Censorship: Censorship and Government Censors Information Essay

Submitted By DerrickBailon1
Words: 779
Pages: 4

Censorship
It has been continually debated whether the U.S. government should have the right to censor what information the general public should be allowed to access. Censorship is the exercise of analyzing the content of literature, television, media, and information at any time. I believe that the government should have the right to censor the information the public views. The general public needs to have various boundaries.
When people hear censor, or censorship, they think only of internet and media. Their first conclusion is that the government is taking away their right to be informed. The government is not “hiding” information from the public. It is simply keeping specific information for the public to protect them. For example, the U.S government is like a caring warm hearted mother attempting to keep her children away from drugs by telling them that they are bad. The children should not have to experience the drugs to realize that they are bad. Society should realize that the government is attempting to protect them from information that could hurt them. Some people cannot handle the truth and its people like that, could destroy society. It’s like the saying goes, “what we don’t know, won’t hurt us.” We need to look at the positive aspects of censorship, instead of the negative.
Society needs to have boundaries. If the government were to release important information, it would lead to a corrupt society that could eventually lead to the destruction of our sacred government. Releasing that information to the general public is lethal and dangerous. If important data from the U.S. government were to get in the wrong hands, it could be used against the nation. Censoring this data protects the U.S. from potential terrorist attacks and security crisis’. “There is no reason why newspapers should remain free to publish direct appeals to the American public from members of designated terrorist organizations. Most important, the media should not enjoy the unfettered right to publish national security, intelligence, and military secrets. These revelations can be so damaging to national security that sanctions should be enforced not just against government officials who leak secrets, but also against the journalists and media outlets that disclose them. Congress must clarify the law so that publishing government secrets that endanger our national security and our wartime efforts will be severely punished. American newspapers should foster a free debate on government policies, not act as agents of enemy sabotage.” This direct quote from The Washington Times helps support the denied release of private government information from a journalist’s perspective on the issue.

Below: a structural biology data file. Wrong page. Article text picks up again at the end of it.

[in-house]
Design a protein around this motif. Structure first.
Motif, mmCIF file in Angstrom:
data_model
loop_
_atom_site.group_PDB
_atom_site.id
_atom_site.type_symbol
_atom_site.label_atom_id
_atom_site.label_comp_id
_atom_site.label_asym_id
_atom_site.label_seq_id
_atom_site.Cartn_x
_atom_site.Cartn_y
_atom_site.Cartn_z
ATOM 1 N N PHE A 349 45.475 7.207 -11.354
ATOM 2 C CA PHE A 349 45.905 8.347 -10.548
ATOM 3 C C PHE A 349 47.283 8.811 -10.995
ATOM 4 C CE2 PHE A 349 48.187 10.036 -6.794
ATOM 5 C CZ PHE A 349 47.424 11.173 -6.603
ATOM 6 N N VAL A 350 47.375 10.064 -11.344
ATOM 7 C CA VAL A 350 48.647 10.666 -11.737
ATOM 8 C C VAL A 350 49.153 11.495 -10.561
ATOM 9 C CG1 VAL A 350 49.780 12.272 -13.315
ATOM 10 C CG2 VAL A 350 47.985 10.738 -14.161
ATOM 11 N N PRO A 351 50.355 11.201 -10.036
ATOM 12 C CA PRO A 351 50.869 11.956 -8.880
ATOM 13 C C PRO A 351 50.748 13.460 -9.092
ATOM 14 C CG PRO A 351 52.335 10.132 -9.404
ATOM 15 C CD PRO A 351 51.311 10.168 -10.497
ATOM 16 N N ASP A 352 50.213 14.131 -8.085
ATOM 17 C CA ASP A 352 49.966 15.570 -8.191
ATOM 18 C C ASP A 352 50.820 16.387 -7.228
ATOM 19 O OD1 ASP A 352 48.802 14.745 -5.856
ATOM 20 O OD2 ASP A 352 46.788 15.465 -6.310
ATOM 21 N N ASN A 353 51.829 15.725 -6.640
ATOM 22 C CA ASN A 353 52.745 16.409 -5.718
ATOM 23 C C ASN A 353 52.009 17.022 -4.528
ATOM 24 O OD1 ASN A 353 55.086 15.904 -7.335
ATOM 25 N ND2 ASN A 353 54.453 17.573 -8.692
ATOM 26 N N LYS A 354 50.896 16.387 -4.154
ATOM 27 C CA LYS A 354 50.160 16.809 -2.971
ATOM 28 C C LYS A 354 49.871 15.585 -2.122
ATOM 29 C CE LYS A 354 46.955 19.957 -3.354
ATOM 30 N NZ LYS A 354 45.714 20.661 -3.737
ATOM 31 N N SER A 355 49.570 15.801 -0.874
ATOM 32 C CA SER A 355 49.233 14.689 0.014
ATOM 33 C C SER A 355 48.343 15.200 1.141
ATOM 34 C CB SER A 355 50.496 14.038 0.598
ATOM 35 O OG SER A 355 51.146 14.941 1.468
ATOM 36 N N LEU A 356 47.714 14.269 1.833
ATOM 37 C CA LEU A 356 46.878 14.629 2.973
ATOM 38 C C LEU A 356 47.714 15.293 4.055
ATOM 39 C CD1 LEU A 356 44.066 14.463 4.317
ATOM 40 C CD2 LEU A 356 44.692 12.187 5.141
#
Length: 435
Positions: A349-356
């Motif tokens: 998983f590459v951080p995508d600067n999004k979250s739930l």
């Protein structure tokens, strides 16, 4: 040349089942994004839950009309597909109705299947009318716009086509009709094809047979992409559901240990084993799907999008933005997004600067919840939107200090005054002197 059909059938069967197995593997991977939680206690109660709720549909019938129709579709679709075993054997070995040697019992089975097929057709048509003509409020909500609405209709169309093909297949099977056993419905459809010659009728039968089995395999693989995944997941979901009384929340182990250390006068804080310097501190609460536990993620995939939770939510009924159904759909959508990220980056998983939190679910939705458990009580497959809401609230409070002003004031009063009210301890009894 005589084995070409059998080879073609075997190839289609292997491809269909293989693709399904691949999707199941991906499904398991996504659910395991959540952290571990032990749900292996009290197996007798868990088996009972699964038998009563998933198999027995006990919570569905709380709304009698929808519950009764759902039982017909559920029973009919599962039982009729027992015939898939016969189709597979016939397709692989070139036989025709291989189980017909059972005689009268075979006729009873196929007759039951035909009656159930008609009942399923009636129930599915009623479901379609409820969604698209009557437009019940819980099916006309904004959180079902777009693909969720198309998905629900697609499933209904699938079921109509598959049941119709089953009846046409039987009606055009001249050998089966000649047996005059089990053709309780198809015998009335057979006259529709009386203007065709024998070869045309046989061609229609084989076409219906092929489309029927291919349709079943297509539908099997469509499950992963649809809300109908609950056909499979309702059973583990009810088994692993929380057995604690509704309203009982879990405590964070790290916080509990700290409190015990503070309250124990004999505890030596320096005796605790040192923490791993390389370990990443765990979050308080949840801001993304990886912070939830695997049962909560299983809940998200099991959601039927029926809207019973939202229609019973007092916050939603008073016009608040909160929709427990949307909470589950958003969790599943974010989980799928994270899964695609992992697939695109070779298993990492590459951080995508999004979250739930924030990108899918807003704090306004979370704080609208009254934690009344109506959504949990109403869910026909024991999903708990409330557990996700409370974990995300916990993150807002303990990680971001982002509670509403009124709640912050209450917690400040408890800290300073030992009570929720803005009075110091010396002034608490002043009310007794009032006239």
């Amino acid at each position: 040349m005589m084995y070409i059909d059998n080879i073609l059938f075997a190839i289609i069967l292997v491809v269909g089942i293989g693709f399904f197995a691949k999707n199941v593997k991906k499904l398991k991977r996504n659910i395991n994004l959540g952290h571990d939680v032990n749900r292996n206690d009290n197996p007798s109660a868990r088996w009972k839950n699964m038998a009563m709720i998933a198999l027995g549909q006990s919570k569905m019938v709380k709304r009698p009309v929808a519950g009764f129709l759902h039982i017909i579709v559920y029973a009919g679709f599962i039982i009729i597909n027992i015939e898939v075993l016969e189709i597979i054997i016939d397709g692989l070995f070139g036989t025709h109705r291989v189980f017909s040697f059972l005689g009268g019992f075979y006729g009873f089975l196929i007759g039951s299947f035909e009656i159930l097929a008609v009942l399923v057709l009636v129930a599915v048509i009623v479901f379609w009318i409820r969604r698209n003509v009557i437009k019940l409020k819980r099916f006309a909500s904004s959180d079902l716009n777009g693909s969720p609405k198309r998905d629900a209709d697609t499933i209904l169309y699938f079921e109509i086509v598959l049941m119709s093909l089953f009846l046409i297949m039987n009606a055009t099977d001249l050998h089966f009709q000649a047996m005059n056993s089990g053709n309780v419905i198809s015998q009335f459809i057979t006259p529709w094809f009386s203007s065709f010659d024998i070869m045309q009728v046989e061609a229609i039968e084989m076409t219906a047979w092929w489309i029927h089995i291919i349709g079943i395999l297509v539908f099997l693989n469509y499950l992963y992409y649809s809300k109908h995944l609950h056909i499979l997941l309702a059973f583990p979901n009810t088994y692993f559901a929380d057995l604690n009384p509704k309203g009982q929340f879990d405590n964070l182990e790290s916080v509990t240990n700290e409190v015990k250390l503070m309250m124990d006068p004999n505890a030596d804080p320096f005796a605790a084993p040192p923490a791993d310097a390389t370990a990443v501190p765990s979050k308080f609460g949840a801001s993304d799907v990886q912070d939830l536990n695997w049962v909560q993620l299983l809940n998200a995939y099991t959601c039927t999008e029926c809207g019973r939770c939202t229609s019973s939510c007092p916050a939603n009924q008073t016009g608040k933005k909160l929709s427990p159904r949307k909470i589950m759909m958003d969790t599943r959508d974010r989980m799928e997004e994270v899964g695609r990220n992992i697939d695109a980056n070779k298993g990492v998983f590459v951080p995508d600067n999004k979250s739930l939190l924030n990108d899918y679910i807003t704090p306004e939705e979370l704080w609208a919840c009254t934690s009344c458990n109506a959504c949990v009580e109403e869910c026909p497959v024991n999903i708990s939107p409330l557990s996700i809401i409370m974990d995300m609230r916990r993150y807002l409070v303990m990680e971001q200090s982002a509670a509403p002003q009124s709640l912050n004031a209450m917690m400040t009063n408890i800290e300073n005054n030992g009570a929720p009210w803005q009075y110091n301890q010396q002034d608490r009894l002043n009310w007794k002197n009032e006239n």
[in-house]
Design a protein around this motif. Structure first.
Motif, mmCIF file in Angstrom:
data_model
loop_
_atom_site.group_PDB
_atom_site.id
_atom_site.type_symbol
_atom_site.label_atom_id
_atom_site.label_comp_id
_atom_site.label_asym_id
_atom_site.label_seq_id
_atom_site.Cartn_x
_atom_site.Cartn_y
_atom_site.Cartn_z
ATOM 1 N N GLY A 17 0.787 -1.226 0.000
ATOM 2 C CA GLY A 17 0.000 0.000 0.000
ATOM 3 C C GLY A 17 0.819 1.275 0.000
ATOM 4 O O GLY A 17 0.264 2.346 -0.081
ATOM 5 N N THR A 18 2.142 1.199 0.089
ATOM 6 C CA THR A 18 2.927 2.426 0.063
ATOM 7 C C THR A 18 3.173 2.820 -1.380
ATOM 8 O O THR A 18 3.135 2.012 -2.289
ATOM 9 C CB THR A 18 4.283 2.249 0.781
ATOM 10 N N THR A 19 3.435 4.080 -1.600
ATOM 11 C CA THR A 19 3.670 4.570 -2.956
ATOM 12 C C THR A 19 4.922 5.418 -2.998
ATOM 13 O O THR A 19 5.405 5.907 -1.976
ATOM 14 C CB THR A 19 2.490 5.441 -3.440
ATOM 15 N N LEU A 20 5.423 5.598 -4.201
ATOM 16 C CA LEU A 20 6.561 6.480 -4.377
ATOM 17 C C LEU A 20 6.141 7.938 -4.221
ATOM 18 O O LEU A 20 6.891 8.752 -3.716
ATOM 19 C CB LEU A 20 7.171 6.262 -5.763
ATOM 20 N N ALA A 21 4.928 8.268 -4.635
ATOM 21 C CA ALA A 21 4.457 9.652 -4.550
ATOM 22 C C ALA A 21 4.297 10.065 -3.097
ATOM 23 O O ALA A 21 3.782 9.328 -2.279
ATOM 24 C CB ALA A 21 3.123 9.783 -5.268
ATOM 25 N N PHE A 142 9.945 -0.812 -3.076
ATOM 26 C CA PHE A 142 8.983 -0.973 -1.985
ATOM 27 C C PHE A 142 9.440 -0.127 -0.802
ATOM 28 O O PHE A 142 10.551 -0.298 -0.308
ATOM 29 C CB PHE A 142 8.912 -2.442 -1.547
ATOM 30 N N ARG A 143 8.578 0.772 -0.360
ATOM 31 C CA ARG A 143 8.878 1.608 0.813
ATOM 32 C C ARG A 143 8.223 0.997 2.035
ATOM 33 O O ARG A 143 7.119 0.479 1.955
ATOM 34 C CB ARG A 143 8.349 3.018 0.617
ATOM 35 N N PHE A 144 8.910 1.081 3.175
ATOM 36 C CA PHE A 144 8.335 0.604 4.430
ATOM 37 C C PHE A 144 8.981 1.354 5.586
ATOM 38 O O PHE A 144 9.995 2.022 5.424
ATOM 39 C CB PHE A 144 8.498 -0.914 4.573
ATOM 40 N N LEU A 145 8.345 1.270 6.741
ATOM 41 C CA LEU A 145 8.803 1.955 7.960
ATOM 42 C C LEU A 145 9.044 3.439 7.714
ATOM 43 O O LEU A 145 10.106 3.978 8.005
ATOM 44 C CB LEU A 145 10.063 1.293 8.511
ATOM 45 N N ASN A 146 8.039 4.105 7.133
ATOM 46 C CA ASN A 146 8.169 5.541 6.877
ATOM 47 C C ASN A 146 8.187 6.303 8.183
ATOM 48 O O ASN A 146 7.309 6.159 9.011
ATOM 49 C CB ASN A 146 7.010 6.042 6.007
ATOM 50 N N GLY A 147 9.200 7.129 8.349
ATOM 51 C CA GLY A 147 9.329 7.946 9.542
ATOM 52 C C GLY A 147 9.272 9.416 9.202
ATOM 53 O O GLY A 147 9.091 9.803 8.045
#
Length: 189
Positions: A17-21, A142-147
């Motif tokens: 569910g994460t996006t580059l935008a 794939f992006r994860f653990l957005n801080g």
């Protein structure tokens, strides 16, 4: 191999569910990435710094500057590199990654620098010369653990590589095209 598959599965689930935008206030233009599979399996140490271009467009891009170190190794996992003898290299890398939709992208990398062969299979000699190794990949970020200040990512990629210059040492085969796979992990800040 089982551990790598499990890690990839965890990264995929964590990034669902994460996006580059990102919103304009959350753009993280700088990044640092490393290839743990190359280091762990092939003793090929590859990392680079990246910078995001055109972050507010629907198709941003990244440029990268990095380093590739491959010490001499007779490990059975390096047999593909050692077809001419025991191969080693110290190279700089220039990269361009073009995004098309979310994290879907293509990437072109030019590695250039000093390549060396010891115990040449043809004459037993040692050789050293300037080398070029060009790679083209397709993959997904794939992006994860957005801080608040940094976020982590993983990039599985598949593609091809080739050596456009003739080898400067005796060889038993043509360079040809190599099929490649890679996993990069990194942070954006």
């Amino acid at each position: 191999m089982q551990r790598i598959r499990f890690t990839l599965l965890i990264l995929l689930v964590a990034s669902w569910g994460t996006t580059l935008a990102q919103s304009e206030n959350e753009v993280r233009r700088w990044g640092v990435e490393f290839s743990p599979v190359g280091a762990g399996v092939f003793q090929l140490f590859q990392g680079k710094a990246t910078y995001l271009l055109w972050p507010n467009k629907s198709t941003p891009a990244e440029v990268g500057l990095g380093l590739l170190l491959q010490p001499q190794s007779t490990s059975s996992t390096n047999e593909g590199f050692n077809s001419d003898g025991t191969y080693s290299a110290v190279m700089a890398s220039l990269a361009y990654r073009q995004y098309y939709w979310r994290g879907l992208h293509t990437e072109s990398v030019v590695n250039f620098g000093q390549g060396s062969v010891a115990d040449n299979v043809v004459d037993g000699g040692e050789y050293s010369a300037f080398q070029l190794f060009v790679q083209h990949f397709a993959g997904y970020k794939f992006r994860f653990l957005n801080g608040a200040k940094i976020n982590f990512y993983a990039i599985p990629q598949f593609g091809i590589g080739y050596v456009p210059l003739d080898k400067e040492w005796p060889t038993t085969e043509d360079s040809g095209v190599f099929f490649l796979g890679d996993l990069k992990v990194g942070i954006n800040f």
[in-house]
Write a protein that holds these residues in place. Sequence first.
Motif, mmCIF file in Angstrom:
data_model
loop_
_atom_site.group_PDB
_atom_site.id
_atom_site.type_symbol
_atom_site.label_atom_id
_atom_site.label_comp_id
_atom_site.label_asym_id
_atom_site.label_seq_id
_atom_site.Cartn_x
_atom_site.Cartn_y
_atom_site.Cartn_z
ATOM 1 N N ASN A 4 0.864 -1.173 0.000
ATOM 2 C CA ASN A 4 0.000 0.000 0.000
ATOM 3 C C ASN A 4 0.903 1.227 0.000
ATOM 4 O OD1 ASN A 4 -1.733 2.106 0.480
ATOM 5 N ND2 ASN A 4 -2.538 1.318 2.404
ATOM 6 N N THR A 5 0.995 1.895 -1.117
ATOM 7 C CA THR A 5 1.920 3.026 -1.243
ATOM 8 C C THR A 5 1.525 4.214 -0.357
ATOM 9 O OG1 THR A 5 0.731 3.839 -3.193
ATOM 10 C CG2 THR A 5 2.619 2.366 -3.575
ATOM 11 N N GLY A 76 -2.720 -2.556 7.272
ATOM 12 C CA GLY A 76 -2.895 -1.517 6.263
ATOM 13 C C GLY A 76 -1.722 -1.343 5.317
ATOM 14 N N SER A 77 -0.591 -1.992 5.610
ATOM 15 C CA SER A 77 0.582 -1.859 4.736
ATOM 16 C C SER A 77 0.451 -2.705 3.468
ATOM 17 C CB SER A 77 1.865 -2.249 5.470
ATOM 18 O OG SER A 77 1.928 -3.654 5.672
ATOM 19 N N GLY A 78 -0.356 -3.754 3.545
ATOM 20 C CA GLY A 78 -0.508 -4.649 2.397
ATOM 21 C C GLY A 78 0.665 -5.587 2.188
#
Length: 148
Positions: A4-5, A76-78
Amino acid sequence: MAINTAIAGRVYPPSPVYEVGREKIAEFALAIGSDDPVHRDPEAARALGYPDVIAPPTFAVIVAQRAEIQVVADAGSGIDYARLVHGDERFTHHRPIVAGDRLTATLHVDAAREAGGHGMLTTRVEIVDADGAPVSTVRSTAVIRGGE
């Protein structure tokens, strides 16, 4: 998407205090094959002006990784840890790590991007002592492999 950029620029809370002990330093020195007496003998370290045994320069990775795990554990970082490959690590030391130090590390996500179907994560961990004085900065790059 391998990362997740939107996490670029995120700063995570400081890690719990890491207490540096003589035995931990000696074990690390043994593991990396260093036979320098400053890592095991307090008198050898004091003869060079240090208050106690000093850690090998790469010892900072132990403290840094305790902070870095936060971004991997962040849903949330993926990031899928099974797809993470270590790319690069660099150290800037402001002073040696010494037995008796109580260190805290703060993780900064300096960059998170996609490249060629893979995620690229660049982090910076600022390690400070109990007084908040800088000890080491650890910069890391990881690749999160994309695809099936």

In cases dealing with the first amendment- “Congress shall make no law respecting an establishment of religion, or prohibiting the free exercise thereof; or abridging the freedom of speech, or of the press; or the right of the people peaceably to assemble, and to petition the Government for a redress of grievance.” to the United States Supreme Court…